The following article is a guest post by Sarah over at Sleep Advisor.
It could be a win-win. Cracking open the books for a good long study session might make you want to sleep. But the good news is that catching up on zzzs can actually lead to better grades!
Obviously sleeping through lectures isn’t the fast track to success. Nor is ditching class altogether and relying on methods to study while you sleep.
No, unfortunately one doesn’t replace the other. You still need to study. Sorry.
But getting enough, good-quality sleep does make you more motivated, more productive and more creative when faced with challenges like a big assignment or exam. And it gives you the energy to study for these things instead of simply hitting the snooze button and hoping it’ll all be over when you wake up.
Here’s how sleep can help you get better grades:
1. You can learn while you sleep
Unfortunately, you can’t learn something you don’t know already. But you can improve in certain areas, like linguistic or musical skills, during sleepy time. And even more exciting is sleep’s role in memory retention. Slow-wave sleep (SWS) is a phase we spend a lot of time in at night and this is when some of our short-term memories are moved into long-term storage. And our brain makes more new connections between neurons during this time, before consolidating it for our waking minds to suddenly recall.
So you may not be able to rattle off all the United States in alphabetical order right now but learn a little before bed every night and you never know… Or maybe you just want to learn song lyrics. It might not help your grades but hey, it could help you to impress at that next Open Mic night!
2. Sleep nurtures your inner “artiste”
You might be a logical type who’s great at maths and whose creativity stretches to using a blue pen instead of a black one sometimes. But fear not – we all have a streak of creativity in us somewhere, we just need the right method to coax it out. Like in this article where the Sleep Advisor’s discuss how geniuses sleep.
Sleep does just that. Why? Well, because when we’re well rested, we ensure that our cognitive function – ahem – functions correctly. We can come up with better ideas, we don’t lose our attention to detail and we can make smart decisions. In short, we’ll know what’ll work and what won’t. So while your sleepy mind might tell you that handing in your final exam with a big “Fail me. I dare you” scrawled on your title page is a solid idea, your rested mind will convince you otherwise. Thankfully.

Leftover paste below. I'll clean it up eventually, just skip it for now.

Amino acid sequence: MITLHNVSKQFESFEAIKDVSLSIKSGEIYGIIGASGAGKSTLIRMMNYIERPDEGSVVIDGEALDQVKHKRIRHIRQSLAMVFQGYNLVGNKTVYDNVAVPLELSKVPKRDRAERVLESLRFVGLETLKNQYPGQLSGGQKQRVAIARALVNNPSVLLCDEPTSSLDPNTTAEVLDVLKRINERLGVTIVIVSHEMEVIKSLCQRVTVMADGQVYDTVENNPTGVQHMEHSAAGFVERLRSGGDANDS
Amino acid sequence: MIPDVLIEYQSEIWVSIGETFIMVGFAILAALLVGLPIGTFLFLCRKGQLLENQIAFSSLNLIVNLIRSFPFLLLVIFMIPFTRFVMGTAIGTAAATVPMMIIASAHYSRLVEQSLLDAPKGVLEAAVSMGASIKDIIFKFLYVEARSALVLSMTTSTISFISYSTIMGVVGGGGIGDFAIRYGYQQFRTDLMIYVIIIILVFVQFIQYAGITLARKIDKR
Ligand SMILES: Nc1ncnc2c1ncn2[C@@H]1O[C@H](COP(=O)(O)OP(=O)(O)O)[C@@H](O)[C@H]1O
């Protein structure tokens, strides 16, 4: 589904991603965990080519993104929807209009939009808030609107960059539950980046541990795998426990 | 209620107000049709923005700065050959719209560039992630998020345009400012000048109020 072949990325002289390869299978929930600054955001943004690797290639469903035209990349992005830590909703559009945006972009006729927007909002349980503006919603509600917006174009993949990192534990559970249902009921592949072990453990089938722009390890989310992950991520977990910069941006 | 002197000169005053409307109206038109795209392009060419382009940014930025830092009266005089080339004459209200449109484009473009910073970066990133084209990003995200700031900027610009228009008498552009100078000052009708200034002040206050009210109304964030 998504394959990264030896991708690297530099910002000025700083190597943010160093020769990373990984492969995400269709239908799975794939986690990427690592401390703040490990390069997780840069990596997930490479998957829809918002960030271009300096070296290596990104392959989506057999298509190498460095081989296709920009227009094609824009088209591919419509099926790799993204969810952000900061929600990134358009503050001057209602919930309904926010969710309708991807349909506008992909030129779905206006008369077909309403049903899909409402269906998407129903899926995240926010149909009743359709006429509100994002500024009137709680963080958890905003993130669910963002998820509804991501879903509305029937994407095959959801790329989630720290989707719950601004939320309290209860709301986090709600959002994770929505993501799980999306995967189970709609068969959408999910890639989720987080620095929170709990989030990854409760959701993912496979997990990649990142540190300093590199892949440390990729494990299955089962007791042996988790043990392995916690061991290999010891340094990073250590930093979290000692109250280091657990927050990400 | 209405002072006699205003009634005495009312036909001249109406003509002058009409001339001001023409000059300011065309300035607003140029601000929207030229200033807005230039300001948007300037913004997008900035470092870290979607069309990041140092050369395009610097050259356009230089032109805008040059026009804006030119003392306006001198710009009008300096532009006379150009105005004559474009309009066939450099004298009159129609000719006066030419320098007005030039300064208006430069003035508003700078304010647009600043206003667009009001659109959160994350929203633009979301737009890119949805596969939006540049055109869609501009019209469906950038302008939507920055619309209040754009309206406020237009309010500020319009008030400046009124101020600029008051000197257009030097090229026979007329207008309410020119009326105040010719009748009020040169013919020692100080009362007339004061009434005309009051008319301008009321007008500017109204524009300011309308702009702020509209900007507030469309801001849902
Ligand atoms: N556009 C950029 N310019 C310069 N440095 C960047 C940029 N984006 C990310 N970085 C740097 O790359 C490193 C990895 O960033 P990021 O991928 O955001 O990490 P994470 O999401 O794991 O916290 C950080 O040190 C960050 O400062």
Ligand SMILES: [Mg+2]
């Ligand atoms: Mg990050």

3. You can become one of those productive people
You know the type. They’re on the social committee, they star in all the plays, they co-host the college radio station and they get brilliant grades. Where do they find the time?!
The thing about productivity is, it feeds productivity. Think of the last time you cleaned your room (if you can). You probably felt a big energy buzz afterwards, like you were capable of – gasp – even knocking out a few hours of hardcore study.
And these people are no different. They’re not superhuman, or on some weird study steroid (at least, they’re probably not). No, they just know how to make the most out of their day; to be productive and active instead of lethargic and passive. And the more they take on, the more capable they become. (Until of course, sometimes they take it too far and burn out. We don’t want that to happen.)
But still, being productive in some aspects of life – whether it’s tidying your room, or calling your mom, or going grocery shopping – makes you more inclined to be productive when it’s time to study.
And you know what fosters productivity? Sleep.
It might sound counterintuitive but going to sleep actually helps you to stay more alert (at least, in your waking hours). Get enough of it and you might even find yourself turning into a morning person; hitting the gym, whipping up a smoothie and getting an hour’s study in all before 9am. Imagine.
4. Sleep keeps you healthy
All that partying is bound to take its toll sometime. And those late-night cramming sessions don’t help, either. In fact, sleep deprivation has all kinds of repercussions for our physical and mental health; one of them being a weakened immune system.
So if you’re falling victim to every bug and flu going around, chances are you’re missing a lot of lectures. And it’s easy to fall behind this way. Hellooo, bad grades!
Obviously, maintaining your social life is a big part of the college experience. But try to get at least 4 nights of proper sleep a week, and you’ll notice a big difference.
By staying rested and keeping healthy, you’ll be in top form throughout term time…and hey, you can celebrate even more during your break!
Now that you know how sleep can help your grades, what’re you waiting for? Turn off that laptop, switch your phone to silent so you can’t be tempted by invitations and get a decent night’s sleep.
You’ll thank me when your transcript comes out. 😉
How To Make Fear A Good Thing That Helps Your Grades Instead Of Hindering Them
Fear doesn’t have to hold you back.
In fact, it can be the thing that pulls you forward towards your goals.
This is an essential chapter of 101 Strategies To Improve Your Grades Without Studying More…
And you can read this chapter right now, free, for a very limited time.